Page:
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Vic
Walczak
Pennsylvania Voter ID Victory

Pennsylvania Voter ID Victory

By Vic Walczak, ACLU of Pennsylvania at 4:22pm
The bad back that awakened me at 6 a.m. on this birthday morning and that spurred unpleasant thoughts of growing old dissipated in an instant with an email alert that our long-awaited decision in the voter ID had issued. I didn't have the opinion, but I had the result – we won! Thousands of hours of hard work in collaboration with my fantastic colleagues had not been a total waste. And that adrenaline rush only increased when I read the opinion.

Giving the First Amendment a Beating at the G-20

By Vic Walczak, ACLU of Pennsylvania at 11:01am

(Originally posted in Jurist.)

Law enforcement officials have, over the past decade, used gatherings of national and international leaders as license to suspend civil liberties. During the recent G-20 Summit, Pittsburgh proved to be no exception. The city was transformed into a police state where our most cherished freedoms, especially the freedom to dissent, were subject to the martial law-type tactics I witnessed behind the Iron Curtain.

While world leaders were quietly secluded behind closed doors, 8-foot-high steel and mesh fences lined most downtown streets. Six thousand police and National Guard troops manned checkpoints, roamed the streets in armored humvees, and were visible everywhere in large groups. In this militarized ghost town, neither common folk nor demonstrators ever got close to the dignitaries.

Just for Jesus

By Vic Walczak, ACLU of Pennsylvania at 6:24pm

When people toss out the accusation that the ACLU is anti-religious or, specifically, anti-Christian, I react somewhere between being bemused and annoyed, depending on the day's stress level. Bemused because they'd flunk Constitutional Law 101; and annoyed because it's so not true. If it were, why do we regularly help Christians when the government intrudes on their activities? You can read more about some of these cases at /defendingreligion.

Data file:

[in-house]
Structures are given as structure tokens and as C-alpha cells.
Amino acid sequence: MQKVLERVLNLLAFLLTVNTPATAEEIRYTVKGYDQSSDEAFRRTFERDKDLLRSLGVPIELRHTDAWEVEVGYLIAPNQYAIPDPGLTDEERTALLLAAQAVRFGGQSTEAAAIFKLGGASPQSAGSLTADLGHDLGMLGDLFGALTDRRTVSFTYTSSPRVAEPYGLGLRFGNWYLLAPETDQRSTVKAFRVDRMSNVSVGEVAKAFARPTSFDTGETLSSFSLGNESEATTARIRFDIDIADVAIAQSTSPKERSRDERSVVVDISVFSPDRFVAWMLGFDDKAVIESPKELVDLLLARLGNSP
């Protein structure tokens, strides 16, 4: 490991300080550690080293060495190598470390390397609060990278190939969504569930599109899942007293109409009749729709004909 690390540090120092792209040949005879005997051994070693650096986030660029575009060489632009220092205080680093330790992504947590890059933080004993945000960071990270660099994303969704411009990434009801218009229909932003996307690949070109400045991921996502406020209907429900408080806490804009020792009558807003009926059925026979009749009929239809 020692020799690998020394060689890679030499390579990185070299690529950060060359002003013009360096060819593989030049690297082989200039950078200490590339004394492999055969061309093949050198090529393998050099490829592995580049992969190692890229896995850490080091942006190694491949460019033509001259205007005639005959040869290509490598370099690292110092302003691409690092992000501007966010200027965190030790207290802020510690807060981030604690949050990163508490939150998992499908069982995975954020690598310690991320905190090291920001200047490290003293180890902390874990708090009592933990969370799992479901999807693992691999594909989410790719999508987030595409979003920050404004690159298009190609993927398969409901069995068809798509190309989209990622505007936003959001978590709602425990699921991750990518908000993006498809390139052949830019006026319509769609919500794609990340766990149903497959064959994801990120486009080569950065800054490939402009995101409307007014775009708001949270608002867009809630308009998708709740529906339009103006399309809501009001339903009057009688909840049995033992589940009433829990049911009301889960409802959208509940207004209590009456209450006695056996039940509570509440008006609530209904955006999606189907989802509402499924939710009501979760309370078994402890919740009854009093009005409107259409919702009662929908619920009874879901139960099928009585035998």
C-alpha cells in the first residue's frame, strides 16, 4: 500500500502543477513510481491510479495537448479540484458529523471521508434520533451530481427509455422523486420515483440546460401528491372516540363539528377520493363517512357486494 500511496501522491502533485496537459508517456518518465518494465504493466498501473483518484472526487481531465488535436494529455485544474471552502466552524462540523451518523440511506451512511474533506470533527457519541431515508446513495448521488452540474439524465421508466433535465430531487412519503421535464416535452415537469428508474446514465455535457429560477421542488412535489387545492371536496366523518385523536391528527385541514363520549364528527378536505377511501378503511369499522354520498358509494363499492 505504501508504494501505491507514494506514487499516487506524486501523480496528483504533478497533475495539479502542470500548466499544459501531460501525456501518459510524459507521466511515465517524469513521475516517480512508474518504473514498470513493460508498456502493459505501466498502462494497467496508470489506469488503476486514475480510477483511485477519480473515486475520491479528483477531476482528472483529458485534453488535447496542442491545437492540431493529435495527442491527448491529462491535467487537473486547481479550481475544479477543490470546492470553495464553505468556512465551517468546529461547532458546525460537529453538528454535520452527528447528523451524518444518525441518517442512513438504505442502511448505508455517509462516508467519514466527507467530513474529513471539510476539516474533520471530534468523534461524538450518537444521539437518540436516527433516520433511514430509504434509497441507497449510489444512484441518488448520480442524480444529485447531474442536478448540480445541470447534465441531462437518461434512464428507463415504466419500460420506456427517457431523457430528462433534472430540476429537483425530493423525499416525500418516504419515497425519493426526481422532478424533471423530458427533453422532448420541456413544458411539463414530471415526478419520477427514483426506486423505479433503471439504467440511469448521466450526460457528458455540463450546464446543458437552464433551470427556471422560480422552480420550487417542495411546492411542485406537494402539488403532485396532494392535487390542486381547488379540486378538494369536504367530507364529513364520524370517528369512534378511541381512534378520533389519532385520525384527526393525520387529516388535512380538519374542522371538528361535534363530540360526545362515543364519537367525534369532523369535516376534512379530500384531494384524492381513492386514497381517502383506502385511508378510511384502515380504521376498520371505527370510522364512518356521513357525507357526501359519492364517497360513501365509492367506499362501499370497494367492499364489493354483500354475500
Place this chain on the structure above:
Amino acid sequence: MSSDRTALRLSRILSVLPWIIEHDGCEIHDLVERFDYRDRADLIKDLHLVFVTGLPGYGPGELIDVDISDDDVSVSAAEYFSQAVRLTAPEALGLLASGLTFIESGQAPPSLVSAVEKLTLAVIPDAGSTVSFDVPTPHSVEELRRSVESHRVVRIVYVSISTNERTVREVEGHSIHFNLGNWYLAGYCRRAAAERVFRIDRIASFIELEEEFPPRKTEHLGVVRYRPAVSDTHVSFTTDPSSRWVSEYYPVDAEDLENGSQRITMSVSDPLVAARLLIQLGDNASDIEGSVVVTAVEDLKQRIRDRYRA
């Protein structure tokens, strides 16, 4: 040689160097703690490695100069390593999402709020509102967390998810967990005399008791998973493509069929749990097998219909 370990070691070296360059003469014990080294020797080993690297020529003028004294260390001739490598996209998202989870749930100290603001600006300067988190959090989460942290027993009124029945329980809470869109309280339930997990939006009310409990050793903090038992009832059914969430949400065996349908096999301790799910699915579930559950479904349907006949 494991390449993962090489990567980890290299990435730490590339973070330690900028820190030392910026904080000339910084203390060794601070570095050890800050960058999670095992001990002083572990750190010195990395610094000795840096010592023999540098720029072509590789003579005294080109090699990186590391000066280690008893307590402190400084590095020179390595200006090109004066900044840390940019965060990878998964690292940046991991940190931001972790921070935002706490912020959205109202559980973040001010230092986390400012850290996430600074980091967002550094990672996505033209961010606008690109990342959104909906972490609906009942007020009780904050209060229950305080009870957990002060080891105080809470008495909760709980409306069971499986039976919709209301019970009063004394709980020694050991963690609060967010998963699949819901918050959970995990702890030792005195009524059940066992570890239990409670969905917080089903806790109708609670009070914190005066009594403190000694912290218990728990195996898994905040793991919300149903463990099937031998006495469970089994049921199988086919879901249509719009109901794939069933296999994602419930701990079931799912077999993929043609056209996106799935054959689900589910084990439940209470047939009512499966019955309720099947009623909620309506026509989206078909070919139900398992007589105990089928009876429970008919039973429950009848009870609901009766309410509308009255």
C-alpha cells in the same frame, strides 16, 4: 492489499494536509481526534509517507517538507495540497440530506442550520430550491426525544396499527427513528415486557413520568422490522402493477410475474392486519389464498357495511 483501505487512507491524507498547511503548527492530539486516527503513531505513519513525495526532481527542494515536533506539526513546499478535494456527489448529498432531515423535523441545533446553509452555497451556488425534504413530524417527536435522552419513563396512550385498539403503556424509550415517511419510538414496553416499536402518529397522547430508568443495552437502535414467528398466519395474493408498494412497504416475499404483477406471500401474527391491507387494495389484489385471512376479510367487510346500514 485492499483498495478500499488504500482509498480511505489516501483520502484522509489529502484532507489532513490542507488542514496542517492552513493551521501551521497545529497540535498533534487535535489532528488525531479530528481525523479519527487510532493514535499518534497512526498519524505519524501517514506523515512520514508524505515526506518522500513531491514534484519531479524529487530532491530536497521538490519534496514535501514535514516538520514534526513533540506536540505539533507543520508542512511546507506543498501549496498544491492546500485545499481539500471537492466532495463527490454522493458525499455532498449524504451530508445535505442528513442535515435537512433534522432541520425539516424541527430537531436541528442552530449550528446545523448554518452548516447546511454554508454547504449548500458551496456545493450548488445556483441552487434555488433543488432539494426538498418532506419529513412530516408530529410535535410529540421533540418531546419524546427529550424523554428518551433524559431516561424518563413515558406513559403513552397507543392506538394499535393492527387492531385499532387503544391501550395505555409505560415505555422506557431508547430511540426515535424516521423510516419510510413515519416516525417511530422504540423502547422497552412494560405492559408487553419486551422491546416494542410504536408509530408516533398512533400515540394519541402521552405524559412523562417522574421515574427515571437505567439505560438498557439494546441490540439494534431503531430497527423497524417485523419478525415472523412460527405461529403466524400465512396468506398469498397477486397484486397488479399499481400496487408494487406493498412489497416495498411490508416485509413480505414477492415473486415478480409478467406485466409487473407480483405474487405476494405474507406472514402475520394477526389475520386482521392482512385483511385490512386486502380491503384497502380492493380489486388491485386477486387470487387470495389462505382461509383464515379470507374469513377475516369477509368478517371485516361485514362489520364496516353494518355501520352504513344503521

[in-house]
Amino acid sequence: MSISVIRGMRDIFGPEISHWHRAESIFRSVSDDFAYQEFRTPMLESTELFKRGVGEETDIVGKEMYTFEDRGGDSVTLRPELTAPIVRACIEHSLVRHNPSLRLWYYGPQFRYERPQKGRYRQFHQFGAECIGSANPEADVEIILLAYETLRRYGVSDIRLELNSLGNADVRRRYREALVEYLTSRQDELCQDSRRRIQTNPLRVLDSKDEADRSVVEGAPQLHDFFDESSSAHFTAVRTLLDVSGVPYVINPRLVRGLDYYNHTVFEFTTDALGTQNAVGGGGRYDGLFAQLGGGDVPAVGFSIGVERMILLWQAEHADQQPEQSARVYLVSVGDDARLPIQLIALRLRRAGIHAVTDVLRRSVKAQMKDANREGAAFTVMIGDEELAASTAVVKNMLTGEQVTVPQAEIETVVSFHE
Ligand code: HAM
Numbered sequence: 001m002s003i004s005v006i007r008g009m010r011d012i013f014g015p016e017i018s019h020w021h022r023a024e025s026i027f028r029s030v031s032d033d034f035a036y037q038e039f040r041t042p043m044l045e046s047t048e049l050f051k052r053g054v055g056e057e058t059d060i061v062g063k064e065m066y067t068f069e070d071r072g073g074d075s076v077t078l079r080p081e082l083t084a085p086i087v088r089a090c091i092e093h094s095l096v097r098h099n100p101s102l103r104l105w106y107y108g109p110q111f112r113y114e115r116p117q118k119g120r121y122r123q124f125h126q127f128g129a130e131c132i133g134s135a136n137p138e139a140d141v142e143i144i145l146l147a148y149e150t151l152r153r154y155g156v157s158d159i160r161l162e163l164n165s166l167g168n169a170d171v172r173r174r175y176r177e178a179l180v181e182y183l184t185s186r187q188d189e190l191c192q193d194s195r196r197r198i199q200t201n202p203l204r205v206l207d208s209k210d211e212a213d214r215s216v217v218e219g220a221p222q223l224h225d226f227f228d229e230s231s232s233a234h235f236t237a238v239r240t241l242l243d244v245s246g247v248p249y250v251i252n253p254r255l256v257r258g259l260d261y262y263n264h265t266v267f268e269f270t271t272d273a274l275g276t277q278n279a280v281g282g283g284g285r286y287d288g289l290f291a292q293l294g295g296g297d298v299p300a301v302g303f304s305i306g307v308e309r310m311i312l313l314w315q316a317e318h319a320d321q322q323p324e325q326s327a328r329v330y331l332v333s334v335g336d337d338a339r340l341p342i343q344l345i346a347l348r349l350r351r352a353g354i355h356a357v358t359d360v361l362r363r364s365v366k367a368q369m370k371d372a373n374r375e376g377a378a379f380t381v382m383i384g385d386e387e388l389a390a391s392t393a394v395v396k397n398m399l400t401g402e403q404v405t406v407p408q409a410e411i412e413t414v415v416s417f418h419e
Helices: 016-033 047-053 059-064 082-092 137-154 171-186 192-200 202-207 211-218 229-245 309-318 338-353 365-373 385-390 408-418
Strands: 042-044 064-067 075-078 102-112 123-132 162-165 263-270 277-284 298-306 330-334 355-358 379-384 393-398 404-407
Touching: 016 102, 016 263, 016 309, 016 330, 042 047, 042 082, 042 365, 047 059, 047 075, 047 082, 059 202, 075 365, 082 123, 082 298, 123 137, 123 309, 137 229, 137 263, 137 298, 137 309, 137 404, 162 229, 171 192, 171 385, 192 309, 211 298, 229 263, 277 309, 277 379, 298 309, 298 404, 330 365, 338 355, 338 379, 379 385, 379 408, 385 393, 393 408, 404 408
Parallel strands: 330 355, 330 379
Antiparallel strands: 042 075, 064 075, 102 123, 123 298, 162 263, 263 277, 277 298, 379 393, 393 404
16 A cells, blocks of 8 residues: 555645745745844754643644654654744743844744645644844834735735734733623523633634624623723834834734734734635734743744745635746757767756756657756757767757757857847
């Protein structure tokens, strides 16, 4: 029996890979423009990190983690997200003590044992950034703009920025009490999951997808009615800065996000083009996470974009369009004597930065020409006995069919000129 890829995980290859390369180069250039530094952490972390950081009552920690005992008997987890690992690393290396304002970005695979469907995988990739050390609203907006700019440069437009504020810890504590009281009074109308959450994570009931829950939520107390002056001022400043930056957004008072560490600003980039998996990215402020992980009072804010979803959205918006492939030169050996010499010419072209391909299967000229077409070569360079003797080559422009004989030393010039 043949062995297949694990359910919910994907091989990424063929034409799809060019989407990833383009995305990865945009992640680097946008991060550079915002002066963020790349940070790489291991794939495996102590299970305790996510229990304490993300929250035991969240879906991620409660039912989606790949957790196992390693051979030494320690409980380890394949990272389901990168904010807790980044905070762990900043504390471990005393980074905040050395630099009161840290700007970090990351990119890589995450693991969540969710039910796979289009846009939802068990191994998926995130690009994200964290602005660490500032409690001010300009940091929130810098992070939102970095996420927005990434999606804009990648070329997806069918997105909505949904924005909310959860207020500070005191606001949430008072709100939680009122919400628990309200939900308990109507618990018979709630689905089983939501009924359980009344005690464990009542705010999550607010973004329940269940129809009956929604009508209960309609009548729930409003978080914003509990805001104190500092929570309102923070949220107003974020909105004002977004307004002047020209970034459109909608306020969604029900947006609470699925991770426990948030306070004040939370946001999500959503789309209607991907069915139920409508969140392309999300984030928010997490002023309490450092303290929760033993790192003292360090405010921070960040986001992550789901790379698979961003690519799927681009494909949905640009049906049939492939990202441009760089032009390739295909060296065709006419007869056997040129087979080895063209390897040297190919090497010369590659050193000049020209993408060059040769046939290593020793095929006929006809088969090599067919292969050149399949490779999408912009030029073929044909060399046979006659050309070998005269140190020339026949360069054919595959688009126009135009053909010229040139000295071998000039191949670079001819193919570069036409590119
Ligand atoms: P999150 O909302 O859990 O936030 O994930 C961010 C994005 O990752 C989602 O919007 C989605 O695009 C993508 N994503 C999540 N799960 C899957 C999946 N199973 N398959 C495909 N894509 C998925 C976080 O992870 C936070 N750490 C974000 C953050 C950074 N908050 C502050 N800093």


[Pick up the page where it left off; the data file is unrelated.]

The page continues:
As the ACLU's Legal Director for Pennsylvania, I've been responsible for many cases helping religious believers exercise their constitutional rights. Last week the ACLU of Pennsylvania filed a lawsuit on behalf of the "Just for Jesus Challenge Homeless Outreach," a ministry of the First Apostles' Doctrine Church in Brookville, Pennsylvania, which was founded a few years ago to bring shelter and Jesus Christ to homeless people in this rural area, about 80 miles northeast of Pittsburgh. The ministry aids pretty much anyone in need. When I last visited, the group included disabled military veterans, teenagers forced from their homes, senior citizens who couldn't afford their personal care homes, recently released low-level offenders, people referred by county mental health agencies, and people evicted from their homes and apartments.

Exterior of the Just for Jesus church.

This past summer Brookville shut down the ministry, falsely charging that the ministry had violated local zoning codes. Then on September 4, Brookville zoning officials and police officers, thinking they would catch people sleeping in the church, forced their way inside by climbing through a window, without a warrant or consent. The minister sought help from "Christian" public-interest groups, but was turned down. As so often happens in these situations, when rights are violated and no one else will help, the ACLU rides to the rescue.

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